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J Endocrinol. 2011 Aug;210(2):209-17. doi: 10.1530/JOE-11-0012. Epub 2011 May 12.

Inositol 1,4,5-trisphosphate receptor 1 mutation perturbs glucose homeostasis and enhances susceptibility to diet-induced diabetes.

Author information

1
Department of Biochemistry and Molecular Biology, USC Norris Comprehensive Cancer Center, University of Southern California Keck School of Medicine, 1441 Eastlake Avenue, Los Angeles, California 90089-9176, USA.

Abstract

The inositol 1,4,5-trisphosphate receptors (IP3Rs) as ligand-gated Ca(2)(+) channels are key modulators of cellular processes. Despite advances in understanding their critical role in regulating neuronal function and cell death, how this family of proteins impact cell metabolism is just emerging. Unexpectedly, a transgenic mouse line (D2D) exhibited progressive glucose intolerance as a result of transgene insertion. Inverse PCR was used to identify the gene disruption in the D2D mice. This led to the discovery that Itpr1 is among the ten loci disrupted in chromosome 6. Itpr1 encodes for IP3R1, the most abundant IP3R isoform in mouse brain and also highly expressed in pancreatic β-cells. To study IP3R1 function in glucose metabolism, we used the Itpr1 heterozygous mutant mice, opt/+. Glucose homeostasis in male mice cohorts was examined by multiple approaches of metabolic phenotyping. Under regular diet, the opt/+ mice developed glucose intolerance but no insulin resistance. Decrease in second-phase glucose-stimulated blood insulin level was observed in opt/+ mice, accompanied by reduced β-cell mass and insulin content. Strikingly, when fed with high-fat diet, the opt/+ mice were more susceptible to the development of hyperglycemia, glucose intolerance, and insulin resistance. Collectively, our studies identify the gene Itpr1 being interrupted in the D2D mice and uncover a novel role of IP3R1 in regulation of in vivo glucose homeostasis and development of diet-induced diabetes.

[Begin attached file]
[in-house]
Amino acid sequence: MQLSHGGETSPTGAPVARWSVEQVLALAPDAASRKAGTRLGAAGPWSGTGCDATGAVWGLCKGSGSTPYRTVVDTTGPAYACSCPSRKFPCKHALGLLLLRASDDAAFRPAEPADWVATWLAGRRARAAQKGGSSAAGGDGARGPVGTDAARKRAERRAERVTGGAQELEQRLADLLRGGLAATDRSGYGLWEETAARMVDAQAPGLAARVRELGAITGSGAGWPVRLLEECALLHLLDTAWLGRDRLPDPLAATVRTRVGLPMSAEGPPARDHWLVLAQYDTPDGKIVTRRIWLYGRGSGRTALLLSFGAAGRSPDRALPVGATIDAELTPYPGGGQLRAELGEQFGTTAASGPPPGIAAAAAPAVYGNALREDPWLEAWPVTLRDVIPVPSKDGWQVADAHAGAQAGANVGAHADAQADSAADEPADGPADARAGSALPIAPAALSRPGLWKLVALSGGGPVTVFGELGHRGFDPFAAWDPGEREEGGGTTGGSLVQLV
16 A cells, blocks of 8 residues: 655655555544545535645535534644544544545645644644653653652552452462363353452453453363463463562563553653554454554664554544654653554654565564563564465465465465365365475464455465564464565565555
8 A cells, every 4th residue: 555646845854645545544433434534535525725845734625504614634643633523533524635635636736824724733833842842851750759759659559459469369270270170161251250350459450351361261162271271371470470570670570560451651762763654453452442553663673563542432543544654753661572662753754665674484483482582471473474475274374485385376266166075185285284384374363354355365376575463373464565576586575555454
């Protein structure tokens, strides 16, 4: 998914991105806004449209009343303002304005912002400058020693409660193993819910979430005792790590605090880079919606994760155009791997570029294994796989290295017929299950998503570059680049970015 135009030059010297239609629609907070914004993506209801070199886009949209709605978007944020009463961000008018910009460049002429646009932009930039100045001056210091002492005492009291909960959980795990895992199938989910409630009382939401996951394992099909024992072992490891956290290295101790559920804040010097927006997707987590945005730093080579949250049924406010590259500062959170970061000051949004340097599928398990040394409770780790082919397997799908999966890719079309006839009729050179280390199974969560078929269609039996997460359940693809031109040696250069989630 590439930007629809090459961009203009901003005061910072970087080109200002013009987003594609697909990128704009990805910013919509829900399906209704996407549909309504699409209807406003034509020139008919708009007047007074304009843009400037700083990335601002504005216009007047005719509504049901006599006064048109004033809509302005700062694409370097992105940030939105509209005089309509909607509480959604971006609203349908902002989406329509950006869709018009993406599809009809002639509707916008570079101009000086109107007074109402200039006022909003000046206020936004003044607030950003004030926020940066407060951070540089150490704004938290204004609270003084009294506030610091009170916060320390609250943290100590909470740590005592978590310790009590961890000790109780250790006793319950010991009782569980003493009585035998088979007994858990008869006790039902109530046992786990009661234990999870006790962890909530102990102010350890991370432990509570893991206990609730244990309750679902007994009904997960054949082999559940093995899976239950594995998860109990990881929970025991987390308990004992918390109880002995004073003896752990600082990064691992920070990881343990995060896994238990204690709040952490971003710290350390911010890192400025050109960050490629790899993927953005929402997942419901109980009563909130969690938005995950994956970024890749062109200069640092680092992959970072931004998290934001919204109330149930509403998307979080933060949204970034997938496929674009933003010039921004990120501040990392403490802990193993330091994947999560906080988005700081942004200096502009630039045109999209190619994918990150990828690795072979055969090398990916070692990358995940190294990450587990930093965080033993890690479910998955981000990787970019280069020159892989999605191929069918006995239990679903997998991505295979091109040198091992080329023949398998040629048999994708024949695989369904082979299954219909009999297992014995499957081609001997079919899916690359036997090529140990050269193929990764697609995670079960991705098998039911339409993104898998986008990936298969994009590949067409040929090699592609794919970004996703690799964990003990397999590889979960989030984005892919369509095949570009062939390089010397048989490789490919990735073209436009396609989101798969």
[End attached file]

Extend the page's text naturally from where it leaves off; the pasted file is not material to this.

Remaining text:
PMID:
21565852
PMCID:
PMC3137733
DOI:
10.1530/JOE-11-0012
[Indexed for MEDLINE]
Free PMC Article

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